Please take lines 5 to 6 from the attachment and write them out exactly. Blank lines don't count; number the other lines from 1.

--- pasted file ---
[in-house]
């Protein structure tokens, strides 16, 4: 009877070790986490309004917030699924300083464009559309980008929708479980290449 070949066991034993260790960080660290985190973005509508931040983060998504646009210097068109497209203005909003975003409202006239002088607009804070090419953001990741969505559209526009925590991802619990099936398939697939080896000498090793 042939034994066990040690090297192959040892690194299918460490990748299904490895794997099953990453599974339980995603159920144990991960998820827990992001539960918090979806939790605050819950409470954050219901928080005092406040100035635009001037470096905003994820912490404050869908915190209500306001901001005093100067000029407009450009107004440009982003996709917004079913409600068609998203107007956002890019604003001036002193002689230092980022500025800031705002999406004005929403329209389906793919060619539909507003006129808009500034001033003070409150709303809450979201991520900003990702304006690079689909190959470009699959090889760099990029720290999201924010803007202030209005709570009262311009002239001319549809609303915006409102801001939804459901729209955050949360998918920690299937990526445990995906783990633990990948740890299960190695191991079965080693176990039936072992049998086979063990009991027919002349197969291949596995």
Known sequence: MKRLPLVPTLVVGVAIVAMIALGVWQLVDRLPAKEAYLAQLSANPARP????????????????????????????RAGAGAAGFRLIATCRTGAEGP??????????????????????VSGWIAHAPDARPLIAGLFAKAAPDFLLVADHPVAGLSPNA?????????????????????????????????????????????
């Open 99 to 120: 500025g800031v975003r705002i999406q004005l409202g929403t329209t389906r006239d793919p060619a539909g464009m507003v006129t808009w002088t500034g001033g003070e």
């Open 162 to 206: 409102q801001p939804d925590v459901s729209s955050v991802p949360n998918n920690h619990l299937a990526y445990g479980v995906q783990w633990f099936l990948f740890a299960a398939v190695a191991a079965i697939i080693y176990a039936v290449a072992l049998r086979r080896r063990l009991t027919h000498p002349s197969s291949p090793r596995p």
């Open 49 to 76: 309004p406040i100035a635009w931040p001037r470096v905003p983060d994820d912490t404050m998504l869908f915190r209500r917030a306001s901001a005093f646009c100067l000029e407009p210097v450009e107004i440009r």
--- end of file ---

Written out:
């Open 162 to 206: 409102q801001p939804d925590v459901s729209s955050v991802p949360n998918n920690h619990l299937a990526y445990g479980v995906q783990w633990f099936l990948f740890a299960a398939v190695a191991a079965i697939i080693y176990a039936v290449a072992l049998r086979r080896r063990l009991t027919h000498p002349s197969s291949p090793r596995p």
């Open 49 to 76: 309004p406040i100035a635009w931040p001037r470096v905003p983060d994820d912490t404050m998504l869908f915190r209500r917030a306001s901001a005093f646009c100067l000029e407009p210097v450009e107004i440009r």